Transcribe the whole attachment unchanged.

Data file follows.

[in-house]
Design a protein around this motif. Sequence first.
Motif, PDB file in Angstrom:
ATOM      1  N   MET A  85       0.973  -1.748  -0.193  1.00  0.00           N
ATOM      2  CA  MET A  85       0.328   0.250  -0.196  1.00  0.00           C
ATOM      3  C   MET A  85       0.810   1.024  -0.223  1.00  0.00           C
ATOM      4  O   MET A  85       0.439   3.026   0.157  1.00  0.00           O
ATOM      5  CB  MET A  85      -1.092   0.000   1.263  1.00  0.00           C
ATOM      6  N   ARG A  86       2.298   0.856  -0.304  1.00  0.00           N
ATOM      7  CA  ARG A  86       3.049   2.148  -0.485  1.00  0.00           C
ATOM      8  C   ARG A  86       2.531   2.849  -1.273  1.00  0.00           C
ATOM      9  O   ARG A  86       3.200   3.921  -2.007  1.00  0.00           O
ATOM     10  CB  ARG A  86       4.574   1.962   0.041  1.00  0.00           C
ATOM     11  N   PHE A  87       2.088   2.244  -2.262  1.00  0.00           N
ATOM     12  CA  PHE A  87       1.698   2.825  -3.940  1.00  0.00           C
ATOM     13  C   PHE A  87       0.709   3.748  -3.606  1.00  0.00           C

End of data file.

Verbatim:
[in-house]
Design a protein around this motif. Sequence first.
Motif, PDB file in Angstrom:
ATOM      1  N   MET A  85       0.973  -1.748  -0.193  1.00  0.00           N
ATOM      2  CA  MET A  85       0.328   0.250  -0.196  1.00  0.00           C
ATOM      3  C   MET A  85       0.810   1.024  -0.223  1.00  0.00           C
ATOM      4  O   MET A  85       0.439   3.026   0.157  1.00  0.00           O
ATOM      5  CB  MET A  85      -1.092   0.000   1.263  1.00  0.00           C
ATOM      6  N   ARG A  86       2.298   0.856  -0.304  1.00  0.00           N
ATOM      7  CA  ARG A  86       3.049   2.148  -0.485  1.00  0.00           C
ATOM      8  C   ARG A  86       2.531   2.849  -1.273  1.00  0.00           C
ATOM      9  O   ARG A  86       3.200   3.921  -2.007  1.00  0.00           O
ATOM     10  CB  ARG A  86       4.574   1.962   0.041  1.00  0.00           C
ATOM     11  N   PHE A  87       2.088   2.244  -2.262  1.00  0.00           N
ATOM     12  CA  PHE A  87       1.698   2.825  -3.940  1.00  0.00           C
ATOM     13  C   PHE A  87       0.709   3.748  -3.606  1.00  0.00           C